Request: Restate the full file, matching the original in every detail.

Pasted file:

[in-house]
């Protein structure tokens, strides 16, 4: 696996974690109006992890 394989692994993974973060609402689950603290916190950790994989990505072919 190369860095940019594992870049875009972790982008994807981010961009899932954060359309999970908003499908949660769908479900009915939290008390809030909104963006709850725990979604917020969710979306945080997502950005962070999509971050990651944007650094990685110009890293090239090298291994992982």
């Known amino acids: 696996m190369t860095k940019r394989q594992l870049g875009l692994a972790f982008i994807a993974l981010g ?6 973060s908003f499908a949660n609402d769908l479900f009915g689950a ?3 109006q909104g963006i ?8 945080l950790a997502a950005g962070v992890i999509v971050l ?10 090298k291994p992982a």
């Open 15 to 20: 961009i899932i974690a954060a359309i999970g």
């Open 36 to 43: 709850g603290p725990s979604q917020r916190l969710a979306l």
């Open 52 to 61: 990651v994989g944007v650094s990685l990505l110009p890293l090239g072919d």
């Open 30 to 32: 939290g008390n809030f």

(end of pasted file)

[in-house]
């Protein structure tokens, strides 16, 4: 696996974690109006992890 394989692994993974973060609402689950603290916190950790994989990505072919 190369860095940019594992870049875009972790982008994807981010961009899932954060359309999970908003499908949660769908479900009915939290008390809030909104963006709850725990979604917020969710979306945080997502950005962070999509971050990651944007650094990685110009890293090239090298291994992982």
């Known amino acids: 696996m190369t860095k940019r394989q594992l870049g875009l692994a972790f982008i994807a993974l981010g ?6 973060s908003f499908a949660n609402d769908l479900f009915g689950a ?3 109006q909104g963006i ?8 945080l950790a997502a950005g962070v992890i999509v971050l ?10 090298k291994p992982a």
């Open 15 to 20: 961009i899932i974690a954060a359309i999970g």
């Open 36 to 43: 709850g603290p725990s979604q917020r916190l969710a979306l």
């Open 52 to 61: 990651v994989g944007v650094s990685l990505l110009p890293l090239g072919d």
């Open 30 to 32: 939290g008390n809030f």